When the CEO asks all job candidates whether they’ve ever invented anything, it sends a powerful signal that invention is expected and valued.
Innovative organizations must embed a philosophy that innovation is expected from everyone – not just R&D. Amazon’s Bezos told us he asks all job candidates: “‘Tell me about something that you have invented.’ Their invention could be on a small scale—say, a new product feature or a process that improves the customer experience, or even a new way to load the dishwasher. But I want to know that they will try new things.” When the CEO asks all job candidates whether they’ve ever invented anything, it sends a powerful signal that invention is expected and valued. “I also look for people who believe they can change the world,” says Bezos. “If you believe the world can change, then it’s not a stretch to believe you can be a part of it.”
In rejecting the limiting belief that innovation is R&D’s job alone, leaders of highly innovative companies work hard to instill “innovation is everyone’s job” as a guiding organizational mission. When Jobs returned to Apple after a 12-year hiatus, he launched the “Think Different” advertising campaign. The ad paid tribute to a wide range of innovators saying, “Here’s to the crazy ones. The rebels. The trouble makers… the ones who see things differently. They’re not fond of rules. And they have no respect for the status quo… they change things. They push the human race forward.” The Emmy-winning campaign was hailed as one of the most innovative of all time. What most people don’t realize, though, is that the campaign targeted Apple employees as much as its customers. “The whole purpose of the ‘Think Different’ campaign was that people had forgotten what Apple stood for, including the employees,” said Jobs. To reestablish Apple’s innovativeness, he knew that every employee needed this message: “Our heroes are innovators. We stand for innovation. If you want to work at Apple, we expect you to innovate.”
Almost everywhere we go, we hear executives and professionals complain about having “no time” to innovate. Other leaders highlight factors such as short-term pressures from investors, talent deficiencies, the challenge of implementing innovation-friendly rewards structures, the still fuzzy nature of innovation, and in candid moments, their own discomfort with the different mental frames required to lead innovation. But in the end, innovation is an investment, in leadership and the team.
It’s time for leadership to step up. As the data suggests, top executives who value innovation need to point their fingers not at others but themselves. They must lead the innovation charge by understanding how innovation works, improving their own discovery skills, and sharpening their ability to foster the innovation of others. Moreover, they must actively populate their organizations with enough discovery-driven innovators to make innovation a team game that translates into tangible and sustainable innovation premiums.
Whether you’re working at the top of an organization or at the bottom as a technical specialist, eBay’s former CEO Meg Whitman advised everyone “to have the courage to plant acorns before you need oak trees.” Innovation is all about planting acorns (ideas) with less than complete confidence that each will grow into something meaningful. The alternative, however, is little or no growth when no acorns emerge as trees. By understanding and reinforcing the DNA of individual innovators within innovative organizations and teams, you too can find better ways to successfully nourish not just growth saplings but the real oak trees of future growth. If you take this innovation challenge to your company or team, it’s worth keeping in mind the final line from Apple’s original ‘Think Different’ campaign: “The people who are crazy enough to think they can change the world are the ones who do.” Just do it, now.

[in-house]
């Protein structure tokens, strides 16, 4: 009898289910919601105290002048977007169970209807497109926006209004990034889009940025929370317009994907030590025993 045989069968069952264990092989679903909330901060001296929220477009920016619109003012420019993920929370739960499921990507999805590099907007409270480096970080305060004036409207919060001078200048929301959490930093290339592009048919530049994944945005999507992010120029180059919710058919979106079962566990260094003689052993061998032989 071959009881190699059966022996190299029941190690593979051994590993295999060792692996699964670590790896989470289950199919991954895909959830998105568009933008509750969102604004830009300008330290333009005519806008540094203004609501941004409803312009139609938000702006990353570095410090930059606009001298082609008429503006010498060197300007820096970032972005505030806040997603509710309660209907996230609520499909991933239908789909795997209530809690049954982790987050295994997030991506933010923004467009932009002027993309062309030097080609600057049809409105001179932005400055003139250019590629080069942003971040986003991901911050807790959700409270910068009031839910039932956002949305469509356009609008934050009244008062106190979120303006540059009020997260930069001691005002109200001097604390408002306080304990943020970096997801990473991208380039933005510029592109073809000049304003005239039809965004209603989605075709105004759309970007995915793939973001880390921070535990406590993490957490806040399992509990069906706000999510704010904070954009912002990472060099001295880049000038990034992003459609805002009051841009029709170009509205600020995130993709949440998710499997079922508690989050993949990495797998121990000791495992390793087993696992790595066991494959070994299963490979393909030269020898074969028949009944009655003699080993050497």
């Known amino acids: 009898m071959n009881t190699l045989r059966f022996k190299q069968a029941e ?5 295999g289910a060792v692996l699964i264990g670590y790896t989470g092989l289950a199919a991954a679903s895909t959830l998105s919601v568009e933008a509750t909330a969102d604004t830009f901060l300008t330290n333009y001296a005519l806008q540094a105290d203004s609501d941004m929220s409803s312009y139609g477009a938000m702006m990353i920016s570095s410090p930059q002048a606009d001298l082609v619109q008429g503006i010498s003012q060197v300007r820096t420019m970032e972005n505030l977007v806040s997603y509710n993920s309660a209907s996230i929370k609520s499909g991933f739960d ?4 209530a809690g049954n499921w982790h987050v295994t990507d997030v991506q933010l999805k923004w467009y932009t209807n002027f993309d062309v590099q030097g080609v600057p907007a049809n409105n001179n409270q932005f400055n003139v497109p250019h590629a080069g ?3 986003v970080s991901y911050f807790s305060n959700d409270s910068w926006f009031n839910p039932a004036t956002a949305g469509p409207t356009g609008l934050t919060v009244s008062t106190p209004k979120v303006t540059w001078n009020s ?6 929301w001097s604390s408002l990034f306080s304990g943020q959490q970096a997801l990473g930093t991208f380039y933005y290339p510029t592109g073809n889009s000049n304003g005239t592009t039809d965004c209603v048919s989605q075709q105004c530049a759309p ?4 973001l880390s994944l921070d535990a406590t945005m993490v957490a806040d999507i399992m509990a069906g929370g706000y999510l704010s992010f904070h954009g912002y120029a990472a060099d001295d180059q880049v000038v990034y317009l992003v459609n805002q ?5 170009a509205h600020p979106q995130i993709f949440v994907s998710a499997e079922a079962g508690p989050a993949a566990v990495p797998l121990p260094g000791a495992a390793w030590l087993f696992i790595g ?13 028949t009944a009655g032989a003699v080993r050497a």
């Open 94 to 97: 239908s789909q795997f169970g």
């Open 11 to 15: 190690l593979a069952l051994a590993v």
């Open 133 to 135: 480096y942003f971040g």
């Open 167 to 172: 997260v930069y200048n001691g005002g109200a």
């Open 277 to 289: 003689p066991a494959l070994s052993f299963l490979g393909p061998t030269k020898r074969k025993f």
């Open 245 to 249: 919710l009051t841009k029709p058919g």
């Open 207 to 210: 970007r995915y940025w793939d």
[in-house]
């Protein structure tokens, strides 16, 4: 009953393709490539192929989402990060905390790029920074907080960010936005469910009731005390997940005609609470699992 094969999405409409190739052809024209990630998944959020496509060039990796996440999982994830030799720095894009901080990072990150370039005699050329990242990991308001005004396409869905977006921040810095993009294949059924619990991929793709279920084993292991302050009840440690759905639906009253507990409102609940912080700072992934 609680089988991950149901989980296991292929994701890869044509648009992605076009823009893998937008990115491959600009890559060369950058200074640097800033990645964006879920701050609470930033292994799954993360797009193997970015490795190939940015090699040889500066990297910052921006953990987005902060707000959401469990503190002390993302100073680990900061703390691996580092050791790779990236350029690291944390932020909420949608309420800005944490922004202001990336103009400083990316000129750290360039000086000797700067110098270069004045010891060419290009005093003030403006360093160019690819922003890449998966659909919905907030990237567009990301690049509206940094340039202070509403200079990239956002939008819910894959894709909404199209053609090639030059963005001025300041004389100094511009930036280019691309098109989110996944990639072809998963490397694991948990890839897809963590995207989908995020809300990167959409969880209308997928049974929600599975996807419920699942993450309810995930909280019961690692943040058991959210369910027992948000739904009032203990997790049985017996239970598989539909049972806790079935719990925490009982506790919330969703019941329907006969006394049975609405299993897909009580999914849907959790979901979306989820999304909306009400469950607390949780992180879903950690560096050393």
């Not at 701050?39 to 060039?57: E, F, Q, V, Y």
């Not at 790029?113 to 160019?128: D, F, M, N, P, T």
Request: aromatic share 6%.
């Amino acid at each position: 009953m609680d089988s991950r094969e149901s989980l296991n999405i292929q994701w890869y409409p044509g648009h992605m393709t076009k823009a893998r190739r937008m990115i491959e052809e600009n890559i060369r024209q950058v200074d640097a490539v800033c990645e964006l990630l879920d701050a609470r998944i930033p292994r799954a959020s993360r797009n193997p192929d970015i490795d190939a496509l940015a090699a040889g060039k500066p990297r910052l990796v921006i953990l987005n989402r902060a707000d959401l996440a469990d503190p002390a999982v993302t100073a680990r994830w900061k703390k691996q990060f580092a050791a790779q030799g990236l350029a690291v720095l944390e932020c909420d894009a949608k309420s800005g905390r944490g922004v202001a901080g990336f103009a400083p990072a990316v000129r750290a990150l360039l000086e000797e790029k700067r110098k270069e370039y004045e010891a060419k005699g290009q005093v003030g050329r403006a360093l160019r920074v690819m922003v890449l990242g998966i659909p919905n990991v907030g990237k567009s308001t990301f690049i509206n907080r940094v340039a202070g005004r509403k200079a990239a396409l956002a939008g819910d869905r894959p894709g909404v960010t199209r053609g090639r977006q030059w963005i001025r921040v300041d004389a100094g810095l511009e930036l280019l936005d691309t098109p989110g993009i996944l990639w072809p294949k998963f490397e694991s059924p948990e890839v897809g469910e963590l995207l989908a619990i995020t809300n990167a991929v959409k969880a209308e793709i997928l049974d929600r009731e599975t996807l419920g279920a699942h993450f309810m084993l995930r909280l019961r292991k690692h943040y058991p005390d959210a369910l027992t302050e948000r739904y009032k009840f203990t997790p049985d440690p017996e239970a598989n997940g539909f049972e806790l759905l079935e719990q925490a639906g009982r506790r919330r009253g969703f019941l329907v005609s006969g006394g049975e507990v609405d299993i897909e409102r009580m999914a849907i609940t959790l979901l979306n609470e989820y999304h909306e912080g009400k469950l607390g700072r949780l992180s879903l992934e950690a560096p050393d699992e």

Jeff Dyer (PhD, UCLA) and Hal Gregersen (PhD, University of California, Irvine) are the co-creators of Innovator’s Accelerator, a revolutionary new digital program that teaches teams the innovation skills they need to transform organizations.
Jeff is also the Horace Beesley Professor of Strategy at both Brigham Young University and at the Wharton School, University of Pennsylvania. His book, “Collaborative Advantage,” won the Shingo Prize Research Award. Dyer’s research has been featured in publications such as Forbes, The Economist, Fortune, BusinessWeek and The Wall Street Journal. Dyer, a former manager at consultancy Bain & Company, regularly consults and speaks on innovation and strategy.
Hal is also the Abu Dhabi Commercial Bank Chaired Professor of Innovation and Leadership at INSEAD and founder of the 4.24 project, dedicated to rekindling the provocative power of asking the right questions in adults to ultimately cultivate and sharpen the curiosity of the world’s children. His trilogy of books, “The Innovator’s DNA,” “Leading Strategic Change” and “Global Explorers,” reflect a lifelong commitment to developing leaders who make a difference. He serves as a board member at Pharmascience and regularly delivers inspirational keynote speeches on innovation and change throughout the world.
Image: business concept on wall from Shutterstock.com